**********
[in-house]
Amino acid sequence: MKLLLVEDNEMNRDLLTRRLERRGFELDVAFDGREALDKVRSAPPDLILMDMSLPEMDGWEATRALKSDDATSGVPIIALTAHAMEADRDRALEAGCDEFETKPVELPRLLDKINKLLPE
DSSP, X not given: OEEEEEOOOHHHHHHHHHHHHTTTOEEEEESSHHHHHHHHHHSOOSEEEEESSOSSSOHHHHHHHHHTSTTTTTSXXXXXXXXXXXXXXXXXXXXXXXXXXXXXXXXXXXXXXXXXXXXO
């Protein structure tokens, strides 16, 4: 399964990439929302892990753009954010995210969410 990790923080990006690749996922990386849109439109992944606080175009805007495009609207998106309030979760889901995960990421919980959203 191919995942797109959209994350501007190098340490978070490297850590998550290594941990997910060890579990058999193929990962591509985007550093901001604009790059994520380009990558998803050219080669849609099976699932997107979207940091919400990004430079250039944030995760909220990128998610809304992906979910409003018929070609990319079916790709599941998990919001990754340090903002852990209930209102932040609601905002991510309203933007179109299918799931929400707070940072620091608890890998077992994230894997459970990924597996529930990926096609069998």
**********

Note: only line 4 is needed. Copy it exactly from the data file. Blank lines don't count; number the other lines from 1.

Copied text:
């Protein structure tokens, strides 16, 4: 399964990439929302892990753009954010995210969410 990790923080990006690749996922990386849109439109992944606080175009805007495009609207998106309030979760889901995960990421919980959203 191919995942797109959209994350501007190098340490978070490297850590998550290594941990997910060890579990058999193929990962591509985007550093901001604009790059994520380009990558998803050219080669849609099976699932997107979207940091919400990004430079250039944030995760909220990128998610809304992906979910409003018929070609990319079916790709599941998990919001990754340090903002852990209930209102932040609601905002991510309203933007179109299918799931929400707070940072620091608890890998077992994230894997459970990924597996529930990926096609069998």